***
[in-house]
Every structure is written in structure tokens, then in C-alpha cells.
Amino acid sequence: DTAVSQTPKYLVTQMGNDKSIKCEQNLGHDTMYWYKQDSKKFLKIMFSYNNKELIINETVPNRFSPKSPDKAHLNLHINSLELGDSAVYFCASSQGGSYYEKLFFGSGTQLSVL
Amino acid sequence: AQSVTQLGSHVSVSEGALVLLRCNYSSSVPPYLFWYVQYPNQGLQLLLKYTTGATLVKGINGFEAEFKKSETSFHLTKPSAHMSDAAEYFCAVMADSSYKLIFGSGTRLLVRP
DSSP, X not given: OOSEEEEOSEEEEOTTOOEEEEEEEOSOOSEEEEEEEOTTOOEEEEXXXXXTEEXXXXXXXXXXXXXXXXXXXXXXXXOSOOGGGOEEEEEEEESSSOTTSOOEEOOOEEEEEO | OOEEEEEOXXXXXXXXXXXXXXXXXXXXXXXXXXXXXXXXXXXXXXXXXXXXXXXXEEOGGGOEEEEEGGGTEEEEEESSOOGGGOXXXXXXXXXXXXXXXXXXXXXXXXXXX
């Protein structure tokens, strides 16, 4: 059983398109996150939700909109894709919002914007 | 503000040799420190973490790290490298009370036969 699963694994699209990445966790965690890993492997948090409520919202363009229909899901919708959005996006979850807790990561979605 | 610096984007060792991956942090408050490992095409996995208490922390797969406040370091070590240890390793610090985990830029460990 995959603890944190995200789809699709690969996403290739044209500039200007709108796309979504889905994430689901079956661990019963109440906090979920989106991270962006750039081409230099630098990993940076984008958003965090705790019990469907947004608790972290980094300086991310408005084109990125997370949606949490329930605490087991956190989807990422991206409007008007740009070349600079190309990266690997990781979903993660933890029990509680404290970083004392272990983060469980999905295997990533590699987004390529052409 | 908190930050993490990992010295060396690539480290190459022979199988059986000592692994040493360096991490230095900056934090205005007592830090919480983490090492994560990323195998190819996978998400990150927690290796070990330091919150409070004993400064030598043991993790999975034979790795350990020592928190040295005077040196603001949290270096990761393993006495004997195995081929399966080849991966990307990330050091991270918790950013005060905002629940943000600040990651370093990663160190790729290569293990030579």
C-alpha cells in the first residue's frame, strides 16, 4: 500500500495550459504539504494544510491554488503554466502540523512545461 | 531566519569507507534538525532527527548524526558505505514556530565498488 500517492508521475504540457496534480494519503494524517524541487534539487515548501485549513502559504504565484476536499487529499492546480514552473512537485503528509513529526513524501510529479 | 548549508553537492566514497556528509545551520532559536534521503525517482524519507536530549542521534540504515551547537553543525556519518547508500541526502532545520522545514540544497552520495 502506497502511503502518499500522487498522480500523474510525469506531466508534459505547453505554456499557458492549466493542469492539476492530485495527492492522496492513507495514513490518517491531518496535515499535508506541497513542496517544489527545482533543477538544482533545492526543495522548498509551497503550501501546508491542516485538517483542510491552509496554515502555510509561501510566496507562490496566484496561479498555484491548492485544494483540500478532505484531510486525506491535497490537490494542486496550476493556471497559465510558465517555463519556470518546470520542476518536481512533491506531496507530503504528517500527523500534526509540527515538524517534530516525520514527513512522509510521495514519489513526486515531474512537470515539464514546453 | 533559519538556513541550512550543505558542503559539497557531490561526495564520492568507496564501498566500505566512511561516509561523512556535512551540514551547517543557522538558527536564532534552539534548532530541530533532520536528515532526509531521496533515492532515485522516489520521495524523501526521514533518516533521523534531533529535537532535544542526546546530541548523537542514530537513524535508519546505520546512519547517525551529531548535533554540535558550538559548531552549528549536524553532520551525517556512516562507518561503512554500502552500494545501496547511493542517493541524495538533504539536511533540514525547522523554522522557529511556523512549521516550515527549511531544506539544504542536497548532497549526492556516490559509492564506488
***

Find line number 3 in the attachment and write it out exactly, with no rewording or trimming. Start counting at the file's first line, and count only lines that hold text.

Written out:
Amino acid sequence: DTAVSQTPKYLVTQMGNDKSIKCEQNLGHDTMYWYKQDSKKFLKIMFSYNNKELIINETVPNRFSPKSPDKAHLNLHINSLELGDSAVYFCASSQGGSYYEKLFFGSGTQLSVL